Approximately one in every thirteen children is currently living with some type of food allergy. Managing a food allergy can be quite frustrating for a child and his or her caregivers, especially during holidays. With Halloween around the corner, kids have more exposure than normal to foods and candy that can trigger an allergic reaction. Milk, eggs, peanuts, and tree nuts are the most common allergens for kids, and peanuts and tree nuts cause the most severe reactions. Unfortunately, these ingredients are often found in the sweets that are handed out during trick or treating. Follow the below tips for receiving and handing out candy this Halloween.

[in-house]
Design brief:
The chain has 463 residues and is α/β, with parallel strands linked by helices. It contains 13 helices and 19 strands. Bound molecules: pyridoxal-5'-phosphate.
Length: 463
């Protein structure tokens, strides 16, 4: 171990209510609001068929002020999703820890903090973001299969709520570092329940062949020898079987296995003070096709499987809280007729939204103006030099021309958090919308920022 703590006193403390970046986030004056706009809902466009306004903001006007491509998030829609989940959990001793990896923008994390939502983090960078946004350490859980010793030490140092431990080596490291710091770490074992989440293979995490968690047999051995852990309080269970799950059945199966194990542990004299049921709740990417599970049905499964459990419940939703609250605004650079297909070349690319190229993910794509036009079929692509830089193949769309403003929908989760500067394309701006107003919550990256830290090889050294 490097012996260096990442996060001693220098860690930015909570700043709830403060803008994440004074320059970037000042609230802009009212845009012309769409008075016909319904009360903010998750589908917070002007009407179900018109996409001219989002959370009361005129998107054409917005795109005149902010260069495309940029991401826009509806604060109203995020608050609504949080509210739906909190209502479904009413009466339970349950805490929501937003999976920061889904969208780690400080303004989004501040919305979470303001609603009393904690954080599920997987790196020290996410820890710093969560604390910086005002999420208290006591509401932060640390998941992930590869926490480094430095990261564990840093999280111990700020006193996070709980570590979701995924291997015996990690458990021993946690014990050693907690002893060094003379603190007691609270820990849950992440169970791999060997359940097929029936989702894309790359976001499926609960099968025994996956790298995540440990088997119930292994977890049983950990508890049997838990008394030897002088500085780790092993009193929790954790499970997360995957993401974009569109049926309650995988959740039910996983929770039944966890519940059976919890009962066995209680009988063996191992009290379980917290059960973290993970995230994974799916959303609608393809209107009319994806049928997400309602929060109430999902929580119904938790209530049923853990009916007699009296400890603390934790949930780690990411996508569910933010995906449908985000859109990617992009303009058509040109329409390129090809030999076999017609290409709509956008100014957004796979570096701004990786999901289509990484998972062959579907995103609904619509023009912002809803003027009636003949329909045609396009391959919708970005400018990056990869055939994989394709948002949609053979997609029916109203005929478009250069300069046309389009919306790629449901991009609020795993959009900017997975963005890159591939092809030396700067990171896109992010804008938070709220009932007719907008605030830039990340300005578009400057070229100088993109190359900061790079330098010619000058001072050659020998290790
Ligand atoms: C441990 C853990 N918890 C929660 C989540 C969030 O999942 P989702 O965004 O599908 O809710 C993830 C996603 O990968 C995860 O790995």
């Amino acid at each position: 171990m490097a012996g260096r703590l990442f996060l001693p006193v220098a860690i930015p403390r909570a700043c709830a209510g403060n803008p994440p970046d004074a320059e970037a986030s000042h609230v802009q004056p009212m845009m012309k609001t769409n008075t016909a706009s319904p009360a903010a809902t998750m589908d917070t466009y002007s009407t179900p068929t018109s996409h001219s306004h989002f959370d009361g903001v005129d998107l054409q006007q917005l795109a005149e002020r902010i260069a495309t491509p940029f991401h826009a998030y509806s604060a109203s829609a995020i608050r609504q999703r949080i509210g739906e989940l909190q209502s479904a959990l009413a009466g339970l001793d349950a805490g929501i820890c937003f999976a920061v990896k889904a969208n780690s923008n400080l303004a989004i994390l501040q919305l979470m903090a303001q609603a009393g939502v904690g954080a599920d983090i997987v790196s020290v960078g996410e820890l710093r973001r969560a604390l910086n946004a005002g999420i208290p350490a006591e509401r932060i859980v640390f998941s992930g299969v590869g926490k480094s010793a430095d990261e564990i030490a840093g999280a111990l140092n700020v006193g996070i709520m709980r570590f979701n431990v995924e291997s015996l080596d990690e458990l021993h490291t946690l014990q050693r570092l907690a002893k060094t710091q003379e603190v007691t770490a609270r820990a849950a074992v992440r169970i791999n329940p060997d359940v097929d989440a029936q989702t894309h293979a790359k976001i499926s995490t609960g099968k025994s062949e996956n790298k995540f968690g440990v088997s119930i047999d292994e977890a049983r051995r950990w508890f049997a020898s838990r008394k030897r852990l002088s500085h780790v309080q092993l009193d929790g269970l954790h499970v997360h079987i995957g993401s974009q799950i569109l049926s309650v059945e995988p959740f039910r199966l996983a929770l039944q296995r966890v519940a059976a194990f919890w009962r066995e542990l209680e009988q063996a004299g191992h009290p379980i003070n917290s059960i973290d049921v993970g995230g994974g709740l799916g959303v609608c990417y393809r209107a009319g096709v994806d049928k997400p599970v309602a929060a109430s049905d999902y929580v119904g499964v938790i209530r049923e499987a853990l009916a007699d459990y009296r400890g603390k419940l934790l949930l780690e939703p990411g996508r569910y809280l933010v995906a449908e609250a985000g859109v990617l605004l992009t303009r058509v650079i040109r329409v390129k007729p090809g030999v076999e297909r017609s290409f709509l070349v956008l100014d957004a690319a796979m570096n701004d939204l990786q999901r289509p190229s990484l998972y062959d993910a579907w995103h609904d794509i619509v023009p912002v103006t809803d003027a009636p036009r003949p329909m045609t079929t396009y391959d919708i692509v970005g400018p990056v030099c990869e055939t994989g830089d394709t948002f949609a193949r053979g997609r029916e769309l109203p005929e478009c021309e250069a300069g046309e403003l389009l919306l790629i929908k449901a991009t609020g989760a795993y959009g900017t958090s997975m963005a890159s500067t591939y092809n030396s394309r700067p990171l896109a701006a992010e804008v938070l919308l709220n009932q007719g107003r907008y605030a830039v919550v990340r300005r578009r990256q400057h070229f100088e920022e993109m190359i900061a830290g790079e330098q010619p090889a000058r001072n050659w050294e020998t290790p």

With fall on the horizon, most New Englanders are anticipating cooler weather, football season, and foliage. However, seasonal allergy sufferers may be less than enthusiastic about the coming change in seasons and temperature. Fall allergens, such as ragweed, mold spores, and dust, affect approximately thirty-five million Americans and can persist until the first frost. In addition to taking allergy medication and consulting a doctor, there are ways to protect your home against these allergens in an attempt to make it more comfortable during the fall season.
The thin wall, or nasal septum, between your nasal passages is primarily made up of bone and cartilage. A deviated septum occurs when the nasal septum is crooked or off center and causes one nasal passage to be significantly smaller than the other. Often times, people are born with a deviated symptom but, in some cases, it can be developed after an injury to the nose. This condition can make breathing difficult and cause many other symptoms. Read on to find out more: